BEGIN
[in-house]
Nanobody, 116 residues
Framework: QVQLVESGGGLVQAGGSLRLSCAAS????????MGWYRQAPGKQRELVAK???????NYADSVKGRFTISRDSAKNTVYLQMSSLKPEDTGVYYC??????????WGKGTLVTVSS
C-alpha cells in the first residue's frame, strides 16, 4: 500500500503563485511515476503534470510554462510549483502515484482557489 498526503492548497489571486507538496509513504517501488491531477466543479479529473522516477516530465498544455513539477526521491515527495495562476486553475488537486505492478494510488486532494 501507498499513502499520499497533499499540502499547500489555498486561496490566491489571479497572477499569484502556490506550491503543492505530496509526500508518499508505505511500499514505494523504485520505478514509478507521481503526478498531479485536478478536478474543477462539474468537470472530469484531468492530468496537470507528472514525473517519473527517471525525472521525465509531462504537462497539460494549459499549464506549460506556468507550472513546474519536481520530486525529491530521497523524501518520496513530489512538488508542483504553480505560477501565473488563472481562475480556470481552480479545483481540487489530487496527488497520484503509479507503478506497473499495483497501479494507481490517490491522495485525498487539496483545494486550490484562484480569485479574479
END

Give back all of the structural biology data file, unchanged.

[in-house]
Nanobody, 116 residues
Framework: QVQLVESGGGLVQAGGSLRLSCAAS????????MGWYRQAPGKQRELVAK???????NYADSVKGRFTISRDSAKNTVYLQMSSLKPEDTGVYYC??????????WGKGTLVTVSS
C-alpha cells in the first residue's frame, strides 16, 4: 500500500503563485511515476503534470510554462510549483502515484482557489 498526503492548497489571486507538496509513504517501488491531477466543479479529473522516477516530465498544455513539477526521491515527495495562476486553475488537486505492478494510488486532494 501507498499513502499520499497533499499540502499547500489555498486561496490566491489571479497572477499569484502556490506550491503543492505530496509526500508518499508505505511500499514505494523504485520505478514509478507521481503526478498531479485536478478536478474543477462539474468537470472530469484531468492530468496537470507528472514525473517519473527517471525525472521525465509531462504537462497539460494549459499549464506549460506556468507550472513546474519536481520530486525529491530521497523524501518520496513530489512538488508542483504553480505560477501565473488563472481562475480556470481552480479545483481540487489530487496527488497520484503509479507503478506497473499495483497501479494507481490517490491522495485525498487539496483545494486550490484562484480569485479574479